Majority of the international students experience loneliness because they rarely interact with their peers. The lack of close friends in the school makes it hard for the students to have company and may end up regretting the decision to study abroad. In some cases, international students need friends to help them get over the cultural shock, but are difficult for them to find friends, especially if they speak a different language. Studying in a foreign language may be challenging and may affect the academic perform of the students negatively. According to Baba and Hosoda (2014, p. 12), international students learn foreign languages used in teaching better when they interact more with their peers which are proficient in the languages. The authors indicate that the loneliness experienced by the international students does not only affect their social welfare, but also their academic performance as they take long to learn the language used in classrooms.

It is evident that the challenges experienced by the students studying abroad affects their academic performance negatively, making it necessary to identify measures that may help them cope with the problems. According to Erichsen and Bollige (2011, p, 324), the challenges can be solved by ensuring that the students are familiar with foreign culture before enrolling for courses. The authors cite that the international students should also learn to be observant so that they are able to understand the foreign culture well. Marginson (2014, p. 18) indicates that the international students should also be curios and eager to learn so that they adjust to the foreign culture.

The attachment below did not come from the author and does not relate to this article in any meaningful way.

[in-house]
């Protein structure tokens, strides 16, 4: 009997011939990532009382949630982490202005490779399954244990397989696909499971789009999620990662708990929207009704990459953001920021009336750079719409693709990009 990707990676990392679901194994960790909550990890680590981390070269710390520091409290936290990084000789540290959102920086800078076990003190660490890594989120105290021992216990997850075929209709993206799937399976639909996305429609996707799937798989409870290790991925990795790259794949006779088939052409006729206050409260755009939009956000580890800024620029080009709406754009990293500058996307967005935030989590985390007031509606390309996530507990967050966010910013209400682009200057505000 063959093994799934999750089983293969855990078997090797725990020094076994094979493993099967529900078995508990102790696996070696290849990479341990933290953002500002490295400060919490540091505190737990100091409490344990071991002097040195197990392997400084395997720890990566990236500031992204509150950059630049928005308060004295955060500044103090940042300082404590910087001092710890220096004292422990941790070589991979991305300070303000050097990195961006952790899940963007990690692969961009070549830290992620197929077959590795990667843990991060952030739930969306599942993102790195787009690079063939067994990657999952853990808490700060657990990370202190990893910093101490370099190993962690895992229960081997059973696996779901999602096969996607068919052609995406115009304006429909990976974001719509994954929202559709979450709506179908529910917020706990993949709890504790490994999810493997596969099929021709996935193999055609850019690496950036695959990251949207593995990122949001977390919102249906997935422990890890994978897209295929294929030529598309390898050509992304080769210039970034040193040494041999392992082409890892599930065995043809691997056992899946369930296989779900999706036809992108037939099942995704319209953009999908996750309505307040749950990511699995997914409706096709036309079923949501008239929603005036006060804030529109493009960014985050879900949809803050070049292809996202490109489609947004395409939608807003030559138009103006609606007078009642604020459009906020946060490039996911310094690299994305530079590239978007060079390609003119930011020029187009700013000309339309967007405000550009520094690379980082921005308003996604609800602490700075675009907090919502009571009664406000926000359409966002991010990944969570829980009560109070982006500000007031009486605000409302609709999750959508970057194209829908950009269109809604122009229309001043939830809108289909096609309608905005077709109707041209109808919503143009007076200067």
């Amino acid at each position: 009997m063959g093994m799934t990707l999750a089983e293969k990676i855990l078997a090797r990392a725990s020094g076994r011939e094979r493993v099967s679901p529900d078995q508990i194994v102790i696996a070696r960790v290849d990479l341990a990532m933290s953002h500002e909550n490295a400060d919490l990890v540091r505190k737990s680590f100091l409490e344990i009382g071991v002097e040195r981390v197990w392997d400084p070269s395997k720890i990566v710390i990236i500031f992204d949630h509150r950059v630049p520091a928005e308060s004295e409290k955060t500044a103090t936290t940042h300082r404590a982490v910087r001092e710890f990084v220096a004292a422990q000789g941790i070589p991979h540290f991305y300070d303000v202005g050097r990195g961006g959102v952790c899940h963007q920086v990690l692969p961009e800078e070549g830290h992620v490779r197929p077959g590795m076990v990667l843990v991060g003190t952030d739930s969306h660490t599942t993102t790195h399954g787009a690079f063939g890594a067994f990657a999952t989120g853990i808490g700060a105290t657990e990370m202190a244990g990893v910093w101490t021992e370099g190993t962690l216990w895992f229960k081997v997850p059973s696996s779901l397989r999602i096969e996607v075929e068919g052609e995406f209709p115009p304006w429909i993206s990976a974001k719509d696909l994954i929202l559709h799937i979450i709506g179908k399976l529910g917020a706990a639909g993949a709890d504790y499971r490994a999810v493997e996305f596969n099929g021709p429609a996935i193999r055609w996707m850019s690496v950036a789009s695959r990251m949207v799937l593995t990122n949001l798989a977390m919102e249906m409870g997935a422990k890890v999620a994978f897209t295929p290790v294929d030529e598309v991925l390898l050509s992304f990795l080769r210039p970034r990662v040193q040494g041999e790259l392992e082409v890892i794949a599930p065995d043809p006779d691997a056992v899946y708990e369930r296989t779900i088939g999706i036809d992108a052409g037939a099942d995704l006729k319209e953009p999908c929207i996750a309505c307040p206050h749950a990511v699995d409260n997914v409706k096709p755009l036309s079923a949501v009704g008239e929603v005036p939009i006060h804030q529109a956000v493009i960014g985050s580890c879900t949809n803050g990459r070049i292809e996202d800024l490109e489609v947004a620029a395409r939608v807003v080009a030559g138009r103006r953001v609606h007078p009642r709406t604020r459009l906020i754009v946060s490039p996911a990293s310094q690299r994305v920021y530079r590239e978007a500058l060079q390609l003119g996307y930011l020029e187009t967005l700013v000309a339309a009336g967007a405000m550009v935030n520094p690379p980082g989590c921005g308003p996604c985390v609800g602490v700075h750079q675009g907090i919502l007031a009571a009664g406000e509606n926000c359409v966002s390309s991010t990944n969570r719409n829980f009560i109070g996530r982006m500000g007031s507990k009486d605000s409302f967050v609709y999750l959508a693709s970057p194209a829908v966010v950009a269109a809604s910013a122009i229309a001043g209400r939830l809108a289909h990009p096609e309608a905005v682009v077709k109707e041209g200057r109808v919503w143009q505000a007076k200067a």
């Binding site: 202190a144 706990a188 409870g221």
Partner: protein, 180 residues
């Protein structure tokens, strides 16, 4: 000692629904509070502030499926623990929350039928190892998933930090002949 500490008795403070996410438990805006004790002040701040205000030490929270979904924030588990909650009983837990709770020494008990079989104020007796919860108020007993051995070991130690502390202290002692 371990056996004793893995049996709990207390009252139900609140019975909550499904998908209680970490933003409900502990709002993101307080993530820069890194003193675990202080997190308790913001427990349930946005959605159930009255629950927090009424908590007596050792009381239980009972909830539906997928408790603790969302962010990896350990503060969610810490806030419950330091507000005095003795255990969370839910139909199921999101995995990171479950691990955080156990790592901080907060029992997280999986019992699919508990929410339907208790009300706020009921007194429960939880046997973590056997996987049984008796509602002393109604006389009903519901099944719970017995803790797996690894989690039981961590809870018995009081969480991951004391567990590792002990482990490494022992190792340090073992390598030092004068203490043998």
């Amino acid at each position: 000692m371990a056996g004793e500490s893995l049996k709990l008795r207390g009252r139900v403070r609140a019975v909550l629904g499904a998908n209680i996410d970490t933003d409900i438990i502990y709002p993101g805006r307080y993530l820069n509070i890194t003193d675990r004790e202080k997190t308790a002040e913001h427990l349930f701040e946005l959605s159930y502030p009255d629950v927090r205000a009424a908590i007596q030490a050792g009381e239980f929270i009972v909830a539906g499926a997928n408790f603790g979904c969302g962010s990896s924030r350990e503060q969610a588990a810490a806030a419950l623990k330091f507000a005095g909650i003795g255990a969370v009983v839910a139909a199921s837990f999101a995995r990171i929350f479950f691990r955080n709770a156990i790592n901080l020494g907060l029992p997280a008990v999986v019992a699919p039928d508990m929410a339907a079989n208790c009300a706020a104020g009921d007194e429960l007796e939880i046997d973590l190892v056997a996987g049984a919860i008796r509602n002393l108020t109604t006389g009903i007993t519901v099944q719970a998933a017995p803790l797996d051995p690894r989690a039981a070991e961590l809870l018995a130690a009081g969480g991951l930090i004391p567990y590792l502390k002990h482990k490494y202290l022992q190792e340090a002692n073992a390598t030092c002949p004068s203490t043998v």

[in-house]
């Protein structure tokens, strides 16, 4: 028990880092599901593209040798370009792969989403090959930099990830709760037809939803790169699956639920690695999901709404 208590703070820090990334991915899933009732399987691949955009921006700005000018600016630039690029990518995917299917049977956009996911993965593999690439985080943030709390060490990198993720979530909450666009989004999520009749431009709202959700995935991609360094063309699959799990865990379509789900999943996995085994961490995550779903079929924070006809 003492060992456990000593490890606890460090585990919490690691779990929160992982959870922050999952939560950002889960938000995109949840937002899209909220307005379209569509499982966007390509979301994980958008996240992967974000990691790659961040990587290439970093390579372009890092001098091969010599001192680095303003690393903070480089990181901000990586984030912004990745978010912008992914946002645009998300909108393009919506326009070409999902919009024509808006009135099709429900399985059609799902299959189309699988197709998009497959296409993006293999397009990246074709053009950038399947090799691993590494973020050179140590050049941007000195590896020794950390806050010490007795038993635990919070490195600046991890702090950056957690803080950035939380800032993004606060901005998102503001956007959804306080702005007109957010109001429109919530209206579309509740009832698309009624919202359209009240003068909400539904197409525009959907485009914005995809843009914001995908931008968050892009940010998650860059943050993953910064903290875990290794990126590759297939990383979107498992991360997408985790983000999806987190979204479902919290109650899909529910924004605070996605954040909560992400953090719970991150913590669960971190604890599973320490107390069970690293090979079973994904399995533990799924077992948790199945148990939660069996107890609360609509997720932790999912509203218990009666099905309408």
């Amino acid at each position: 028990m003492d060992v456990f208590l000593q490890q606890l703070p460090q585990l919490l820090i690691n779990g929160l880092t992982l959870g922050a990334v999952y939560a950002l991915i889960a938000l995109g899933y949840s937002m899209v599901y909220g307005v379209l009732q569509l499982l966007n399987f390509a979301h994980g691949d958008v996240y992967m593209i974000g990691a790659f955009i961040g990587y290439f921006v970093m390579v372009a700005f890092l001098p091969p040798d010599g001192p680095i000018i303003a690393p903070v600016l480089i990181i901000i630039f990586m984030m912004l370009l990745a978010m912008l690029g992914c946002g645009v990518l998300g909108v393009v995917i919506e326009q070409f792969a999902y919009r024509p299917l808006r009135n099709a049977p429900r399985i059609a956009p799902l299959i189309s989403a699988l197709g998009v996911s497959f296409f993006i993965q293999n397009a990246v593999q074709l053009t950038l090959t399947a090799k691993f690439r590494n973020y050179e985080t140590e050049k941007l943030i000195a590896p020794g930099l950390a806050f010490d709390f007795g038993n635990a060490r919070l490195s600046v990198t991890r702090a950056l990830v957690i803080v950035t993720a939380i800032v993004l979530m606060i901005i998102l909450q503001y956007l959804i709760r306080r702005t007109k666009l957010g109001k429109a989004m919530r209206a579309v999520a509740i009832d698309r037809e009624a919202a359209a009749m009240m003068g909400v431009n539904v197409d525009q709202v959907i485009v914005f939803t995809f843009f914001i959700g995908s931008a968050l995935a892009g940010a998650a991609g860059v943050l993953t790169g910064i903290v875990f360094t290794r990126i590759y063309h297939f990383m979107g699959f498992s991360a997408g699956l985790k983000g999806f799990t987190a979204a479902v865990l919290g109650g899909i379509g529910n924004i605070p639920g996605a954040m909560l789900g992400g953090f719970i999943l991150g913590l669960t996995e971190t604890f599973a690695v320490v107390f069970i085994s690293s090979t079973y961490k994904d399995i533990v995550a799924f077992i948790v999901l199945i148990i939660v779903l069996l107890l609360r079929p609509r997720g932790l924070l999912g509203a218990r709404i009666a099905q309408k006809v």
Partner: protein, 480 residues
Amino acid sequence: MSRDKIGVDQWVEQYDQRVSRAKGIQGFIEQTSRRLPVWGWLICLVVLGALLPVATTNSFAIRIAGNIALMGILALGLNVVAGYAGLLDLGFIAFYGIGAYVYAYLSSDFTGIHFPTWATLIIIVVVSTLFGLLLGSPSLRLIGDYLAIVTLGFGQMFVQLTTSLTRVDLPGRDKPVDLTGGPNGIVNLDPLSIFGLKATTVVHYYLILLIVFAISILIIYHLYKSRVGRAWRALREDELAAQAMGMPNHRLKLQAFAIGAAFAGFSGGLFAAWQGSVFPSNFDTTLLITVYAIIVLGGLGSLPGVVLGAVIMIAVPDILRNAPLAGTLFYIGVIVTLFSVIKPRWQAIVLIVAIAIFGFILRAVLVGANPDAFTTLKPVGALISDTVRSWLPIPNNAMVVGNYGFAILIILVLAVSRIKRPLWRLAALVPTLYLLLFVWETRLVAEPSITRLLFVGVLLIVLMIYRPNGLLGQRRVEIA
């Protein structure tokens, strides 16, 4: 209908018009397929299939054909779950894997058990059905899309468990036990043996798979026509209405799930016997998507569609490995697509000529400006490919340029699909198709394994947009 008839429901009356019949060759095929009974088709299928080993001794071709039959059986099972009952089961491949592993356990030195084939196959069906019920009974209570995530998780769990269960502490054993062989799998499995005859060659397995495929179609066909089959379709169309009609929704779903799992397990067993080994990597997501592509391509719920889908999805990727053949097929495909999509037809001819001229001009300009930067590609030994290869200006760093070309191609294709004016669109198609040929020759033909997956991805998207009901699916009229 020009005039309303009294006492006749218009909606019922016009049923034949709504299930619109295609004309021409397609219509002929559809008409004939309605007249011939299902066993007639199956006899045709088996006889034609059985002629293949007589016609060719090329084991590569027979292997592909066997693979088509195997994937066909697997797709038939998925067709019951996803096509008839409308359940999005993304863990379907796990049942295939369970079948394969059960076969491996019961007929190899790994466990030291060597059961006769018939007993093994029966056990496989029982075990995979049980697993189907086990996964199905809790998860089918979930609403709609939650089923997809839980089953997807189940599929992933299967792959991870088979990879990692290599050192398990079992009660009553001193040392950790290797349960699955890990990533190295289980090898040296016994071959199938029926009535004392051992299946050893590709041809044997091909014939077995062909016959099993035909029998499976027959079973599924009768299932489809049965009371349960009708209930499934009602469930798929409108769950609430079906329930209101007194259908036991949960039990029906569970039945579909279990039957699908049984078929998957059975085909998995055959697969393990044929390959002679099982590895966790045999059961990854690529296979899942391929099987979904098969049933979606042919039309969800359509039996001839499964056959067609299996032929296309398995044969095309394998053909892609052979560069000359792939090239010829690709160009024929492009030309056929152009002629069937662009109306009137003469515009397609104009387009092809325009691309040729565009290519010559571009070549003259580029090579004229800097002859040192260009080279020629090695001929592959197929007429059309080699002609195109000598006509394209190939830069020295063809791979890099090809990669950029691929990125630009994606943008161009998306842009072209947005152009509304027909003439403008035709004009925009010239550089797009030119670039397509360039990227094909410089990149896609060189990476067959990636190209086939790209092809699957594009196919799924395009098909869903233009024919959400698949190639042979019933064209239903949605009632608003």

In conclusion, it is evident that international students benefit greatly from acquiring their studies abroad. The new methods of teaching and new systems of education in foreign countries may help improve the academic performance of the students. However, the various challenges that the population faces as a result of moving to foreign countries affects their academic performance negatively. Additionally, the social welfare of the students is adversely affected by the cultural shock they experience. The primary issue is that there is limited literature about the coping methods that can be used to overcome the challenges. Therefore, there is need for social researchers to conduct more studies about the strategies that can be used by international students to cope with the challenges experienced while studying abroad.

Works Cited

Baba, Yoko, and Megumi Hosoda. “Home away home: Better understanding of the role of social support in predicting cross-cultural adjustment among international students.” College Student Journal 48.1 (2014): 1-15.

Erichsen, Elizabeth A., and Doris U. Bolliger. “Towards understanding international graduate student isolation in traditional and online environments.” Educational Technology Research and Development 59.3 (2011): 309-326.

Gebhard, Jerry G. “International students’ adjustment problems and behaviors.” Journal of International Students 2012 Vol 2 Issue 2 (2012): 158.

Marginson, Simon. “Student self-formation in international education.” Journal of Studies in International Education 18.1 (2014): 6-22.

Pandit, Kavita, and Derek Alderman. “Border crossings in the classroom: The international student interview as a strategy for promoting intercultural understanding.” Journal of Geography 103.3 (2004): 127-136.

Wang, Qingchun, and Karin Hannes. “Academic and socio-cultural adjustment among Asian international students in the Flemish community of Belgium: A photovoice project.” International Journal of Intercultural Relations 39 (201